Note: Since its publication in Nature Medicine, a number of scientists and publications have refuted many of the conclusions asserted in “The proximal origin of SARS-CoV-2”. It’s very unusual for a journal to refuse to publish any “Matters Arising commentary, which the journal defines as presenting ‘challenges or clarifications’ to an original published work. Nature Medicine refused to publish them on the grounds that ‘we do not feel that they advance or clarify understanding’ of the original article.” (source). Nothing could be further from the truth: this stifling of the scientific debate is contrary to the scientific process and an affront to scientific integrity. As a response, some scientists (some of whom have chosen to remain anonymous) have turned to alternative publication methods. Among the publications that provide extensive scientific and analytical criticisms are:

Lab-Made? SARS-CoV-2 Genealogy Through the Lens of Gain-of-Function Research,” by Yuri Deigin, Medium; April 22, 2020

RaTG13 – the undeniable evidence that the Wuhan coronavirus is man-made,” May 2, 2020

Logistical and Technical Exploration into the Origins of the Wuhan Strain of Coronavirus (COVID-19),” by Harvard to the Big House, posted on January 31, 2020


Substantial undocumented infection facilitates the rapid dissemination of novel coronavirus (SARS-CoV2),” by Ruiyun Li, Sen Pei, Bin Chen, Yimeng Song, Tao Zhang, Wan Yang and Jeffrey Shaman, Science: eabb3221; March 16, 2020 (9 pages) This publication can also be accessed in HTML format HERE.

Coronavirus: China’s first confirmed Covid-19 case traced back to November 17,” by Josephine Ma, South China Morning Post; March 13, 2020

Why we need worst-case thinking to prevent pandemics,” by Toby Ord, The Guardian; March 6, 2020


Excerpt: This progress is continuing at a rapid pace. The past 10 years have seen major qualitative breakthroughs, such as the use of the gene editing tool Crispr to efficiently insert new genetic sequences into a genome, and the use of gene drives to efficiently replace populations of natural organisms in the wild with genetically modified versions.

This progress in biotechnology seems unlikely to fizzle out anytime soon: there are no insurmountable challenges looming; no fundamental laws blocking further developments. But it would be optimistic to assume that this uncharted new terrain holds only familiar dangers.

To start with, let’s set aside the risks from malicious intent, and consider only the risks that can arise from well-intentioned research. Most scientific and medical research poses a negligible risk of harms at the scale we are considering. But there is a small fraction that uses live pathogens of kinds that are known to threaten global harm. These include the agents that cause the Spanish flu, smallpox, SARS and H5N1 or avian flu. And a small part of this research involves making strains of these pathogens that pose even more danger than the natural types, increasing their transmissibility, lethality or resistance to vaccination or treatment.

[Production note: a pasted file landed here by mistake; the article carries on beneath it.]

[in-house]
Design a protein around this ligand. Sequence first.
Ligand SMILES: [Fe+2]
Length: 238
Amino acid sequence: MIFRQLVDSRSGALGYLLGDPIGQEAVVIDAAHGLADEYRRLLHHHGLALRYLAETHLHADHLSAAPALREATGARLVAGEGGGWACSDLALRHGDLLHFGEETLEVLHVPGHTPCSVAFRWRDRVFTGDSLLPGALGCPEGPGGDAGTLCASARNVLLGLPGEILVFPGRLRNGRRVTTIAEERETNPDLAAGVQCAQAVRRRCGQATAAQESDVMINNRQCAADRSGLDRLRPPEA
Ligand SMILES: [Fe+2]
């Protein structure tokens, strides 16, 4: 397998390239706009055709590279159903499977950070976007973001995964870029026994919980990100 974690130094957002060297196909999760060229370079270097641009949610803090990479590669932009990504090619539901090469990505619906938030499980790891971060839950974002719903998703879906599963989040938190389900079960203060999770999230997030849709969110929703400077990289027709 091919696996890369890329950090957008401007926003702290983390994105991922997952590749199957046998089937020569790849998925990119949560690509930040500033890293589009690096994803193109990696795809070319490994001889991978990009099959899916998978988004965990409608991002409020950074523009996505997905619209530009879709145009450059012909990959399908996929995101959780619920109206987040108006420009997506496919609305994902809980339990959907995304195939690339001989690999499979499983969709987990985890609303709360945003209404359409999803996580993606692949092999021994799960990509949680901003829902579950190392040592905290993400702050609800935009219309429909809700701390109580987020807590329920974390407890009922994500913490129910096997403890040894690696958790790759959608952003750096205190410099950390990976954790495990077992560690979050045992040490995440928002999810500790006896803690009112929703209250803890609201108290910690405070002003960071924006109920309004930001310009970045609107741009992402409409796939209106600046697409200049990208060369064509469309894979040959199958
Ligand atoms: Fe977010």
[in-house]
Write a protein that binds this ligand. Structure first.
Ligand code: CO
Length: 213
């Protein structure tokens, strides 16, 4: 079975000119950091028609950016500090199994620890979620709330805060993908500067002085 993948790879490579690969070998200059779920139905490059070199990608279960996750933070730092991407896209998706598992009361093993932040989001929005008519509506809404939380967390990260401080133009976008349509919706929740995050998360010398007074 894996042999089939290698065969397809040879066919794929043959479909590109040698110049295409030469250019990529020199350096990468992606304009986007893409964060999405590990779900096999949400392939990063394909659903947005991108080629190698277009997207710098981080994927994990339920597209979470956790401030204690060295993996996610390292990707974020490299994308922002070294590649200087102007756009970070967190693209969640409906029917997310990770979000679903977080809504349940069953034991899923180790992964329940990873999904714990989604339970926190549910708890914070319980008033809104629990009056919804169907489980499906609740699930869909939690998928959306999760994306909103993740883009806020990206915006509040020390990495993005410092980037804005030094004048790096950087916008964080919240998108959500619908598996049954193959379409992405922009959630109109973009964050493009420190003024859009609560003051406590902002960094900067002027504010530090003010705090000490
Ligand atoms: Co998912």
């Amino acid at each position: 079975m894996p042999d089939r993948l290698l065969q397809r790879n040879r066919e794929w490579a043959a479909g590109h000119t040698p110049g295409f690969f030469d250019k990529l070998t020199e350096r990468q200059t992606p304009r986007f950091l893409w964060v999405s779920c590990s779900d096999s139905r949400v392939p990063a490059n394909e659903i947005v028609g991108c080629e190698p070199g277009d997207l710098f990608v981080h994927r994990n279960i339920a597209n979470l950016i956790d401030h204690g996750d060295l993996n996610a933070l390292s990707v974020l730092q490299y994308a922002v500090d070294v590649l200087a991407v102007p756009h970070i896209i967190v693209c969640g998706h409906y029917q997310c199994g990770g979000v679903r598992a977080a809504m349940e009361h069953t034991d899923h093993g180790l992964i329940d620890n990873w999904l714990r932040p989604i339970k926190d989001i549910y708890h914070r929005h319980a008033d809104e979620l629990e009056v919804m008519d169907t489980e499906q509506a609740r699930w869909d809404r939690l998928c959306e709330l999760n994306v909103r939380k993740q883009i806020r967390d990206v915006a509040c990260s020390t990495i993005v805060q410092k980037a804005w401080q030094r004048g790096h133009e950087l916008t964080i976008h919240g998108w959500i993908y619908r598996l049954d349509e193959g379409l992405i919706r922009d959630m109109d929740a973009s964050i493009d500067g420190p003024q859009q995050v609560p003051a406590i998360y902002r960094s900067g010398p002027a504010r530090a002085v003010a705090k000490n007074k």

Clinical characteristics of 24 asymptomatic infections with COVID-19 screened among close contacts in Nanjing, China,” by Zhiliang Hu, et al. Science China Life Sciences; March 4, 2020 (6 pages) This publication can also be accessed in HTML format HERE.

Genomic characterisation and epidemiology of 2019 novel coronavirus: implications for virus origins and receptor binding,” by Roujian Lu et al, The Lancet, Vol 395, No. 10224; February 22, 2020 (10 pages) This publication can also be accessed HERE and in HTML format HERE and HERE.


Excerpt: Epidemiologically, eight of the nine patients in our study had a history of exposure to the Huanan seafood market in Wuhan, suggesting that they might have been in close contact with the infection source at the market. However, one patient had never visited the market, although he had stayed in a hotel near the market before the onset of their illness. This finding suggests either possible droplet transmission or that the patient was infected by a currently unknown source. Evidence of clusters of infected family members and medical workers has now confirmed the presence of human-to-human transmission. Clearly, this infection is a major public health concern, particularly as this outbreak coincides with the peak of the Chinese Spring Festival travel rush, during which hundreds of millions of people will travel through China.

As a typical RNA virus, the average evolutionary rate for coronaviruses is roughly 10−4 nucleotide substitutions per site per year, with mutations arising during every replication cycle. It is, therefore, striking that the sequences of 2019-nCoV from different patients described here were almost identical, with greater than 99·9% sequence identity. This finding suggests that 2019-nCoV originated from one source within a very short period and was detected relatively rapidly. However, as the virus transmits to more individuals, constant surveillance of mutations arising is needed.